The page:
When Jayson Werth signed his massive deal with the Nationals back in December, my first thought was “wow, they paid elite slugger prices for a guy who really isn’t an elite slugger.” They still may have overpaid Werth, but to the Nationals’ credit, they’re not going to expect him to be something he’s not. Adam Kilgore of the Washington Post:
Jayson Werth, the right fielder the Nationals signed this offseason for $126 million over seven years, will bat second in the lineup to begin the season, Manager Jim Riggleman said. The move comes as a surprise, but it is logical given Werth’s ability reach base and the Nationals’ needs at the top of the lineup.
Werth has power, sure, but he led the league in doubles last year while his homers went down. His true value is getting on base, with his OBP over the past four years being .404, .363, .373 and .388. Reasonable people may disagree about lineup theory, but this is pretty classic second hitter material. The worst thing for him and for the Nats would be if there was some expectation that he try to be the 40 home run guy that he’s never shown any real indication of being.
Nice move, Nats. Me likey.
It was assumed already, but Mike Scioscia made it official during Monday’s press conference for new general manager Billy Eppler that he will return as Angels manager in 2016.
Scioscia, the longest-tenured manager in the majors, has been at the helm with the Angels since 2000. There was a clause in his contract which allowed him to opt out after the 2015 season, but he has decided to stay put. He still has three years and $15 million on his contract, which runs through 2018.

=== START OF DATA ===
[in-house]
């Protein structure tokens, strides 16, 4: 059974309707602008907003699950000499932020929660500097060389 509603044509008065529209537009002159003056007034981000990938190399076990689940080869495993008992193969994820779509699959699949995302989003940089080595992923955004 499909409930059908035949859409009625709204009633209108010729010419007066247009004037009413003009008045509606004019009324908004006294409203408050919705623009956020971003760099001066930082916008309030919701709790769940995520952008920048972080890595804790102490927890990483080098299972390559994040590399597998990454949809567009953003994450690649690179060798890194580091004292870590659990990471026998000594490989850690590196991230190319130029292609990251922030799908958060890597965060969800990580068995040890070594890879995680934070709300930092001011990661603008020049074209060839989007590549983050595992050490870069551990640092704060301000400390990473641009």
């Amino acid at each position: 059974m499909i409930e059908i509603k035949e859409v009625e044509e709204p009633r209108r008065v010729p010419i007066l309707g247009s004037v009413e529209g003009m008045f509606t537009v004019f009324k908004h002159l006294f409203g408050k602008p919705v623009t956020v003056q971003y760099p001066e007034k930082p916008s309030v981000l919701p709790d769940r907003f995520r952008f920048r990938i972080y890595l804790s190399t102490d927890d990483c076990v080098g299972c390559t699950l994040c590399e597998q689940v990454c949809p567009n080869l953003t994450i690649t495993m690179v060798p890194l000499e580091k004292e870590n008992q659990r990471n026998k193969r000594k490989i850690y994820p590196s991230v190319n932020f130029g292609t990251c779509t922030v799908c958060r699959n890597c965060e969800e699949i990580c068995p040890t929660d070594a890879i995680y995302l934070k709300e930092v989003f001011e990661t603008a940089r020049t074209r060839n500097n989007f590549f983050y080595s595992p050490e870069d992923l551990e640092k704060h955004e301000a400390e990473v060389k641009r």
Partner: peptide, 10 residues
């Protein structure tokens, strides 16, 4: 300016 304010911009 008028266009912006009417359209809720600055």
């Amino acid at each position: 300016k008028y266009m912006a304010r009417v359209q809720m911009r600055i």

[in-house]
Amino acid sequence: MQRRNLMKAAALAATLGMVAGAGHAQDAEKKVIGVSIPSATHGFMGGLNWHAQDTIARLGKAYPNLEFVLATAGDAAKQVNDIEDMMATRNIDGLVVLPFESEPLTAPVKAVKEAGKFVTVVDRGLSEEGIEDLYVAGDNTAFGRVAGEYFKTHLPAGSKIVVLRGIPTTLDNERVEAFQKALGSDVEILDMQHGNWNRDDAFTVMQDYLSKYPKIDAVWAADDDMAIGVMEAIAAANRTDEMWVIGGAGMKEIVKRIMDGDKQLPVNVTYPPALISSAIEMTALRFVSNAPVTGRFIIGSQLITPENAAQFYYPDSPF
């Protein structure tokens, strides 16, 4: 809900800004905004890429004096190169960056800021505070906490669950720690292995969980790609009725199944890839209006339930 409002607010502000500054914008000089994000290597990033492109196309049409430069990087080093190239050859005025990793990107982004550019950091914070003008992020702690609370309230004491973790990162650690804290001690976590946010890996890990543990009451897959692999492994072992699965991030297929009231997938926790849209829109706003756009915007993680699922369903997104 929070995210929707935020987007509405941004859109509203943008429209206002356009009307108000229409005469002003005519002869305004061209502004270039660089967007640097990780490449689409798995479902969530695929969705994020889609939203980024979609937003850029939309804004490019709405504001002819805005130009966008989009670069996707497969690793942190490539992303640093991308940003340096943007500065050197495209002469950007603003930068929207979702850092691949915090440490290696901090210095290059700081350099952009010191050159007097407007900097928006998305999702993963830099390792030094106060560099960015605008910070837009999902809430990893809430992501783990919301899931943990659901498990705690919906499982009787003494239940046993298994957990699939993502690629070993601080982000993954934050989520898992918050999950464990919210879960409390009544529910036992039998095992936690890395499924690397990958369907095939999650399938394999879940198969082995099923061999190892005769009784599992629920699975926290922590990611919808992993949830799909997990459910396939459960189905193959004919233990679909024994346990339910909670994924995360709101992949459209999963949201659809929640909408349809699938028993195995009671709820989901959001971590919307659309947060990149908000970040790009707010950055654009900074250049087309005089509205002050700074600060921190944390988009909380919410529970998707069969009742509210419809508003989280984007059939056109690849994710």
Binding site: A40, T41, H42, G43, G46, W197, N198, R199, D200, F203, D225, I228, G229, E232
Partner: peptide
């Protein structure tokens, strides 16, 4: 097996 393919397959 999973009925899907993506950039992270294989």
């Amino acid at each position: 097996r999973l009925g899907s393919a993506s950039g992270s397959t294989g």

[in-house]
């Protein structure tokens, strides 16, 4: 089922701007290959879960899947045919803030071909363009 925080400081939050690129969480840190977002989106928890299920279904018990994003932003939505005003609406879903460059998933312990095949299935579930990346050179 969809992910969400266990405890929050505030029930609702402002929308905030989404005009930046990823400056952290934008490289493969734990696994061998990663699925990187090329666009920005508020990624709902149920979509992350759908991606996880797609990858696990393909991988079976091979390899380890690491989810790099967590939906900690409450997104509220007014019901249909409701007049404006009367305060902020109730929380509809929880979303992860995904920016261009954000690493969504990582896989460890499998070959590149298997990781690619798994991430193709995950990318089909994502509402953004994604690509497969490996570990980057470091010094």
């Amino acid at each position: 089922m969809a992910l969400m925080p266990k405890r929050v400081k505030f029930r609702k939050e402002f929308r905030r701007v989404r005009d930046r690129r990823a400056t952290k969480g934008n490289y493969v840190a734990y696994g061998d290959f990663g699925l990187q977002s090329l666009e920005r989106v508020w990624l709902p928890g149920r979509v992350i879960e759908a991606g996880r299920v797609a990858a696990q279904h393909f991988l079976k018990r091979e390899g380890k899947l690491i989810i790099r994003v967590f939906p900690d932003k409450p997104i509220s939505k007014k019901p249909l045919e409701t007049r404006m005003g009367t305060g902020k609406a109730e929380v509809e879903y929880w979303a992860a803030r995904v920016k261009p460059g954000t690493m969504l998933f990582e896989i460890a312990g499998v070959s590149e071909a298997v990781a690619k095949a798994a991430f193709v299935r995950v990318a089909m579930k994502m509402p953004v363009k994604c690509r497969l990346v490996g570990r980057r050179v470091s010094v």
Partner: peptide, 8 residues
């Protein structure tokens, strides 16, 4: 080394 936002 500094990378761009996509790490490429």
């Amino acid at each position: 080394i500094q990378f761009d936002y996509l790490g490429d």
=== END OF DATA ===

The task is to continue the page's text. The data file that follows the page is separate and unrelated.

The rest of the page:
Jerry Dipoto resigned as Angels general manager in July amid tension with Scioscia, so there were naturally questions today about what to expect with first-time GM Eppler in the fold. According to David Adler of MLB.com, Scioscia isn’t concerned.
“I think we’re going to mesh very well,” Scioscia said. “If we adjust, or maybe he adjusts to some of the things, there’s going to be collaboration that’s going to make us better.”
Eppler is the fourth general manager during Scioscia’s tenure with the team.
After winning the AL West last season, the Angels finished 85-77 this season and narrowly missed the playoffs. The team hasn’t won a postseason game since 2009.
Astros center fielder Carlos Gomez sat out the final series of the regular season in order to rest a strained left intercostal muscle, but there was good news coming out of a workout today in advance of Tuesday’s Wild Card game vs. the Yankees.
This has been a lingering issue for Gomez, who missed 13 straight games with the injury last month. He aggravated the strain on a throw to home plate last Wednesday and was forced to sit while the Astros fought to keep their season alive. Astros manager A.J. Hinch told reporters last week that Gomez’s injury would typically take 45-50 days to recover from, so it’s fair to wonder how productive he can be during the postseason.
Gomez mostly struggled after coming over from the Brewers at the trade deadline, batting .242 with four home runs and a .670 OPS over 41 games.